INTRODUCTION: Burkitt lymphoma (BL) is the most common pediatric cancer in sub-Saharan Africa (SSA), and also occurs frequently in adolescents and adults, often associated with human immunodeficiency virus (HIV). BL is highly curable in high-income countries, but outcomes are worse for children in SSA due to advanced disease and inability to achieve cytotoxic intensity comparable to high-income countries. Moreover, unlike pediatric BL, there are few high-quality prospective studies describing non-pediatric BL in SSA.
METHODS: We prospectively enrolled patients with newly diagnosed BL from 2013 to 2018 in Malawi, a low-income country in SSA, and restricted analyses to patients aged ≥15 years. Diagnoses were confirmed using local performed immunohistochemistry, real-time telepathology, and subsequent secondary review in the United States. Participants received standardized treatment according to local pediatric or adult standards of care, with concurrent antiretroviral therapy (ART) if HIV+.
RESULTS: 36 patients ≥15 years with BL were enrolled, with median age 21 years (range 15-61), and 44% being HIV+. Five (14%) participants were over 40 years of age. At diagnosis, 23 (64%) participants presented with abdominal disease, 5 (14%) had CNS disease, and 5/23 (22%) had bone marrow involvement. 25 (69%) participants had B symptoms, 27 (75%) had stage 3/4 disease, and 19 (56%) had ECOG performance status >1. Among 16 HIV+ participants, 9 (56%) were aware of their HIV diagnosis for a median of 1.4 years (range 0.4-9.4) prior to BL diagnosis, and 8 (50%) were on ART for a median of 1.1 years (range 0.4-2.6). Among all HIV+ BL patients, median CD4 count was 134 (range 29-2235), and 8 (50%) had HIV VL <400 copies/mL. Four patients (11%) died before chemotherapy initiation. First-line chemotherapy consisted of bolus anthracycline-based chemotherapy (CHOP) in 25 (78%), infusional anthracycline-based chemotherapy (EPOCH) in four (12%), and high-dose methotrexate-based chemotherapy (COPADM) in two (6%). Only one participant received rituximab with CHOP as part of a clinical trial, since rituximab is not otherwise routinely available in Malawi. Participants received a median of 4 cycles of first-line chemotherapy (range 1-8). 14/29 (48%) evaluable participants achieved a complete response, 7 (24%) had a partial response and 8 (28%) were refractory. Median overall survival (OS) was 7 months and one-year OS was 36% (95% CI 20-52%). In a multivariate Cox proportional hazards model, death was associated with stage 3/4 disease (HR 6.3 [95% CI 1.4-27.2]; p=0.01) and ECOG performance status >1 (HR 7.4 [95% CI 1.5-35.1]; p=0.01) with a trend toward worse survival in HIV+ participants (HR 5.9 [95% CI 0.9-39.4]; p=0.07). There were no clear differences in outcome observed based on choice of first-line chemotherapy. Of 23 deaths during the follow-up period, six (26%) were classified as treatment-related.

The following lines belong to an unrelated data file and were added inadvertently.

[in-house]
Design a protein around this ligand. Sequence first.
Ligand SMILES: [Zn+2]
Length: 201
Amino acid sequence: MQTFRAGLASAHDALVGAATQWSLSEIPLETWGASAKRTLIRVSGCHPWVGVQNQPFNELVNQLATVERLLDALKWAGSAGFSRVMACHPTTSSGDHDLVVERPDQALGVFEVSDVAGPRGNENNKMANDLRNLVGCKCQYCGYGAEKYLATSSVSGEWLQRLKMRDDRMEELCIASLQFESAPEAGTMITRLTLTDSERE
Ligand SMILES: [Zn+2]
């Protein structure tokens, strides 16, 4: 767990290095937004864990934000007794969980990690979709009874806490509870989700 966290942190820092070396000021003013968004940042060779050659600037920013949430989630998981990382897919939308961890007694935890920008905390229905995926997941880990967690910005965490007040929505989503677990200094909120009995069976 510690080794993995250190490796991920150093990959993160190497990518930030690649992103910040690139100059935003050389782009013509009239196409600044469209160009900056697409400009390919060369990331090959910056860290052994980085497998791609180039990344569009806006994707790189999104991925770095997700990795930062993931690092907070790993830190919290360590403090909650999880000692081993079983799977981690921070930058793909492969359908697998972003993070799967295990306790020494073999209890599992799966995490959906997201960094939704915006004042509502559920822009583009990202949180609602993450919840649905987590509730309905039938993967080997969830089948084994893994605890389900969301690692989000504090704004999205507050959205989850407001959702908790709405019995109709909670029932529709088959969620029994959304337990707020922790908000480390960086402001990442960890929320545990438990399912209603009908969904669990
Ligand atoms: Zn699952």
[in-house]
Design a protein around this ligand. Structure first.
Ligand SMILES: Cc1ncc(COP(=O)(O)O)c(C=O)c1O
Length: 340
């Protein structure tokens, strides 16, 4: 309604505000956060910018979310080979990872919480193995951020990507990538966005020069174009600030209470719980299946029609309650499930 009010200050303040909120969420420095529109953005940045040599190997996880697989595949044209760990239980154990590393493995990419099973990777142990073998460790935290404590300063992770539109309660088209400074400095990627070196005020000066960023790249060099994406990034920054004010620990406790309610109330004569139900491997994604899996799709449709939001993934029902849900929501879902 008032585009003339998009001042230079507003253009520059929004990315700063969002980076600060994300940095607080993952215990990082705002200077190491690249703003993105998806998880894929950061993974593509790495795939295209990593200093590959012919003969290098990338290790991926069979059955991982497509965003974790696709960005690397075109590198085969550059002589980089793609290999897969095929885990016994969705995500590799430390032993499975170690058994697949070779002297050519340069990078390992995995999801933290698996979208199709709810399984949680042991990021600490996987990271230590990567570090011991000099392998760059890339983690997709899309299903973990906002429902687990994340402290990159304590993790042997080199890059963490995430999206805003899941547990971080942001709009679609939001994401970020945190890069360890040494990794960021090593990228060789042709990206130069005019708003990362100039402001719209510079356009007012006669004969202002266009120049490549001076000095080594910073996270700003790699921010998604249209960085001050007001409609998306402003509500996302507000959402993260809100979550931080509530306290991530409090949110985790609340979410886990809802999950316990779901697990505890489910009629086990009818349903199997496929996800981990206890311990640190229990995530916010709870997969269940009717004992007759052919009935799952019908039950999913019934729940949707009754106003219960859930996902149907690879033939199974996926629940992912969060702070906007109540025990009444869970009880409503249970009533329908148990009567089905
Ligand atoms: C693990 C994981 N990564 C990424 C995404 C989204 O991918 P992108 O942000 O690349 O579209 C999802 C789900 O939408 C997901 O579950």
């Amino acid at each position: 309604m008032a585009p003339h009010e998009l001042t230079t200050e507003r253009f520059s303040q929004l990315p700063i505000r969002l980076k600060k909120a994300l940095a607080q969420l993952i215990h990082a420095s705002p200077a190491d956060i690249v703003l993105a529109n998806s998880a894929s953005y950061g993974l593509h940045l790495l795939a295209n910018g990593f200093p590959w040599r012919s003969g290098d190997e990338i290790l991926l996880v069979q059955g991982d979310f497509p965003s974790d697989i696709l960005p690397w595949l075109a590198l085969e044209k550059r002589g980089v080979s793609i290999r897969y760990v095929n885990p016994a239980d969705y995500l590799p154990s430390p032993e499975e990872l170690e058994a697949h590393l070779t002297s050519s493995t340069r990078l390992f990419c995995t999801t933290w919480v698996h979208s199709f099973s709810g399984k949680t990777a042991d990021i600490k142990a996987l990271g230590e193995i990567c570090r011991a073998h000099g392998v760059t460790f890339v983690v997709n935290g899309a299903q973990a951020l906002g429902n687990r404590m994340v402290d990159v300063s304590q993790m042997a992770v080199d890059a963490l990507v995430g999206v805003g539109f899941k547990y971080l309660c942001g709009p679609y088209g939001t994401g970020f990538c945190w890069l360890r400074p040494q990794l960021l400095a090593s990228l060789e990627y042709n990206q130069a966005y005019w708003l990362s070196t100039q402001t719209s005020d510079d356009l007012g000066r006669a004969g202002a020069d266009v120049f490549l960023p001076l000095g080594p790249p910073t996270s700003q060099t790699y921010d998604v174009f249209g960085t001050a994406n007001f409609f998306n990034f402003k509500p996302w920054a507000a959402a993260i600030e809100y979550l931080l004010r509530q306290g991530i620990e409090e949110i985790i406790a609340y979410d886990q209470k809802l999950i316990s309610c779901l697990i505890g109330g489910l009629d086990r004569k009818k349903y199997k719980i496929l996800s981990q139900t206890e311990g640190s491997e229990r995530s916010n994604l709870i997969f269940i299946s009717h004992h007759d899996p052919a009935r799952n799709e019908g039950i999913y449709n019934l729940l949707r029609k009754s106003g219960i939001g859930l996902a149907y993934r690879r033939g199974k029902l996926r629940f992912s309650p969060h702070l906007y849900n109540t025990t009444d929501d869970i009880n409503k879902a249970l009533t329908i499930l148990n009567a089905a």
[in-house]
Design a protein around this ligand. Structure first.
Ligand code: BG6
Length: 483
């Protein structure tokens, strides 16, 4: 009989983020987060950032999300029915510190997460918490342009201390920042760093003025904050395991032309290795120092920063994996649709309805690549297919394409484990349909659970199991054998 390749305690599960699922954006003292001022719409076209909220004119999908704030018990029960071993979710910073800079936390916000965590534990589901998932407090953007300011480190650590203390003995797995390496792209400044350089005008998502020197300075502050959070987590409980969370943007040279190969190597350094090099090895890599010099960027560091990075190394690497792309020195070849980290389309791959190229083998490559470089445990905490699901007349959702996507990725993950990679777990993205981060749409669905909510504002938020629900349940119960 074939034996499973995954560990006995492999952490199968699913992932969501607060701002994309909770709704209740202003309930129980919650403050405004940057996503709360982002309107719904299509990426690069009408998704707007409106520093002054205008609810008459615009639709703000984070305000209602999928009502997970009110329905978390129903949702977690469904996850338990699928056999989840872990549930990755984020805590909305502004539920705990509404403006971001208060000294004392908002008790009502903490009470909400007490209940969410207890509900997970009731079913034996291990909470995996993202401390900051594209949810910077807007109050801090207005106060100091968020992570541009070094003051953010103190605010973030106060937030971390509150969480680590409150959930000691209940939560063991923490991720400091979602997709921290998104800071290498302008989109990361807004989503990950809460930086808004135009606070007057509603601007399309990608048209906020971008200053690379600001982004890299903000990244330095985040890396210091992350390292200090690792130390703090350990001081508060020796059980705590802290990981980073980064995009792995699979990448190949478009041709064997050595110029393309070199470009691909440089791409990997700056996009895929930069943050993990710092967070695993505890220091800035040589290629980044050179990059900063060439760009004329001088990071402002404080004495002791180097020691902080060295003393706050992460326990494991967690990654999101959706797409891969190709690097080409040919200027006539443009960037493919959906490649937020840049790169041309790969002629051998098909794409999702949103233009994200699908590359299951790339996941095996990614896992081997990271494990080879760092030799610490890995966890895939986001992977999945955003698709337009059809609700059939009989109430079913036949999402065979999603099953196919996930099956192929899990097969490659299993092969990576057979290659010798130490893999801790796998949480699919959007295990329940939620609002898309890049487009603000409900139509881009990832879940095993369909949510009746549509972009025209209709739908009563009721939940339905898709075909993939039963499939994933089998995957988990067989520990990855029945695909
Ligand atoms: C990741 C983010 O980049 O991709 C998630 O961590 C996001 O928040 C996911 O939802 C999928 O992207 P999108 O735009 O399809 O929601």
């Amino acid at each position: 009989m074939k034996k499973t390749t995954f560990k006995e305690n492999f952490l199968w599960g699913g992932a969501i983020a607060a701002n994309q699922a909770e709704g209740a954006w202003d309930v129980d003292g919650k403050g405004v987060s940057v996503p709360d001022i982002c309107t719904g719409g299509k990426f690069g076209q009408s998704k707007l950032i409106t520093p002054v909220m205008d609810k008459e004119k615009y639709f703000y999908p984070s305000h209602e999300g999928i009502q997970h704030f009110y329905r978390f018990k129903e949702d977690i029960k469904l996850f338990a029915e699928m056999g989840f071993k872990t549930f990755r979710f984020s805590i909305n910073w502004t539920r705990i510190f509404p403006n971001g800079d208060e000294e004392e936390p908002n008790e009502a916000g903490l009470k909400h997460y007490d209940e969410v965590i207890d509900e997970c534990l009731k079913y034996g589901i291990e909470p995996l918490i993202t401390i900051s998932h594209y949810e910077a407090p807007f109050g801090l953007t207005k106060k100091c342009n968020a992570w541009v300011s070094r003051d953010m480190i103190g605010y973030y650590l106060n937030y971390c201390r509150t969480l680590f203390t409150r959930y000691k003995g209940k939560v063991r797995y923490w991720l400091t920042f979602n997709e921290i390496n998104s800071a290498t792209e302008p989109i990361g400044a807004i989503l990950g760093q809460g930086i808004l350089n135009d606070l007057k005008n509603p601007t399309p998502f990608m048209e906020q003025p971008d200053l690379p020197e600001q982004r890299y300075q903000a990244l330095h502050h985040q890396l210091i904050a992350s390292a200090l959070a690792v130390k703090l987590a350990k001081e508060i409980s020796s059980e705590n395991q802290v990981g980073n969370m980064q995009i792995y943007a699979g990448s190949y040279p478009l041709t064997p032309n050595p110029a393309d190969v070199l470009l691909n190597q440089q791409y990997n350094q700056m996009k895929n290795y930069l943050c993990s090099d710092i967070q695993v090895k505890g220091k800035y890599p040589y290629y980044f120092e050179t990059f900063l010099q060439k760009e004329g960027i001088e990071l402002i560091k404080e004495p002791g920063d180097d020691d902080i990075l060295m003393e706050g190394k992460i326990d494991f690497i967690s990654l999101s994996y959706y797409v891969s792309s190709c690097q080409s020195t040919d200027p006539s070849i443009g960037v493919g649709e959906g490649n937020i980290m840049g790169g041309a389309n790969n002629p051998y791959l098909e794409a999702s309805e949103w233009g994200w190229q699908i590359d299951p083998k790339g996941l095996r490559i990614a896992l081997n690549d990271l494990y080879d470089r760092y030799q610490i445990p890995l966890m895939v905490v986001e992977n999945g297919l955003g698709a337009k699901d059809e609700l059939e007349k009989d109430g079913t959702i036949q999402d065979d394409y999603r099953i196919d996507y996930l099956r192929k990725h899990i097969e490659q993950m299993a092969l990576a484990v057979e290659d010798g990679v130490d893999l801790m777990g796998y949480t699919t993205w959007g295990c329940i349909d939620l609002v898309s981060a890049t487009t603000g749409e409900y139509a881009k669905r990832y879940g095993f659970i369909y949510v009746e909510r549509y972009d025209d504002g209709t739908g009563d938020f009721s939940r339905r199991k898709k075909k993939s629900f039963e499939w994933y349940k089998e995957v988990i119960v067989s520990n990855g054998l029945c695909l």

CONCLUSIONS: This is one of the best characterized prospective cohorts of non-pediatric BL in SSA, which occurred primarily among adolescents and young adults. Outcomes were worse than pediatric cohorts from the region, with most deaths due to progressive BL. This study highlights the need to develop effective treatments for non-pediatric BL with and without HIV in resource-limited settings, where high-intensity strategies from high-income countries may have limited applicability.
Fedoriw:ALEXION PHARMACEUTICALS: Consultancy, Honoraria.
Asterisk with author names denotes non-ASH members.